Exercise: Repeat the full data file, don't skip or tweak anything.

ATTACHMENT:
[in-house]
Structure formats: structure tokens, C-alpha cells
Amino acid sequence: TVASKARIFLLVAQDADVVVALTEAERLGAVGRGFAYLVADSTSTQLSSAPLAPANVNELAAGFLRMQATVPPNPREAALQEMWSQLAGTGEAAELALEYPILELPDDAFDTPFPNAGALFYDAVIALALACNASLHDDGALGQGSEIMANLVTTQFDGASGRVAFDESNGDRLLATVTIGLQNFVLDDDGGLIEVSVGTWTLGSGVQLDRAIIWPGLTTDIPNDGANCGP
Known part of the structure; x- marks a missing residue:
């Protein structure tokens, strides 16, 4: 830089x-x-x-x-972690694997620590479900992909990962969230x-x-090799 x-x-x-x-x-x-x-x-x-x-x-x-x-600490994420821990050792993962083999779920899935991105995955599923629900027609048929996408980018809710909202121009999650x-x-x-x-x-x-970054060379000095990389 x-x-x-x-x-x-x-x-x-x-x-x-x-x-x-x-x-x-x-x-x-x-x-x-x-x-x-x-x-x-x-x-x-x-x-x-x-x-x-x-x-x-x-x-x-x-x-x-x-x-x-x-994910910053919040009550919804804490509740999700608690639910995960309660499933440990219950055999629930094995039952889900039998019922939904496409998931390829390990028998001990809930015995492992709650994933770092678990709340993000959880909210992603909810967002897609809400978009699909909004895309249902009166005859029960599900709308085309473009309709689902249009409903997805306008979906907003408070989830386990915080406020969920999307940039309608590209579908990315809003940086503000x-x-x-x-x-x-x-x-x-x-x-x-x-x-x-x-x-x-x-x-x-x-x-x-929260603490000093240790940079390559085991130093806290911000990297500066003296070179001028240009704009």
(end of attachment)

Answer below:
[in-house]
Structure formats: structure tokens, C-alpha cells
Amino acid sequence: TVASKARIFLLVAQDADVVVALTEAERLGAVGRGFAYLVADSTSTQLSSAPLAPANVNELAAGFLRMQATVPPNPREAALQEMWSQLAGTGEAAELALEYPILELPDDAFDTPFPNAGALFYDAVIALALACNASLHDDGALGQGSEIMANLVTTQFDGASGRVAFDESNGDRLLATVTIGLQNFVLDDDGGLIEVSVGTWTLGSGVQLDRAIIWPGLTTDIPNDGANCGP
Known part of the structure; x- marks a missing residue:
């Protein structure tokens, strides 16, 4: 830089x-x-x-x-972690694997620590479900992909990962969230x-x-090799 x-x-x-x-x-x-x-x-x-x-x-x-x-600490994420821990050792993962083999779920899935991105995955599923629900027609048929996408980018809710909202121009999650x-x-x-x-x-x-970054060379000095990389 x-x-x-x-x-x-x-x-x-x-x-x-x-x-x-x-x-x-x-x-x-x-x-x-x-x-x-x-x-x-x-x-x-x-x-x-x-x-x-x-x-x-x-x-x-x-x-x-x-x-x-x-994910910053919040009550919804804490509740999700608690639910995960309660499933440990219950055999629930094995039952889900039998019922939904496409998931390829390990028998001990809930015995492992709650994933770092678990709340993000959880909210992603909810967002897609809400978009699909909004895309249902009166005859029960599900709308085309473009309709689902249009409903997805306008979906907003408070989830386990915080406020969920999307940039309608590209579908990315809003940086503000x-x-x-x-x-x-x-x-x-x-x-x-x-x-x-x-x-x-x-x-x-x-x-x-929260603490000093240790940079390559085991130093806290911000990297500066003296070179001028240009704009």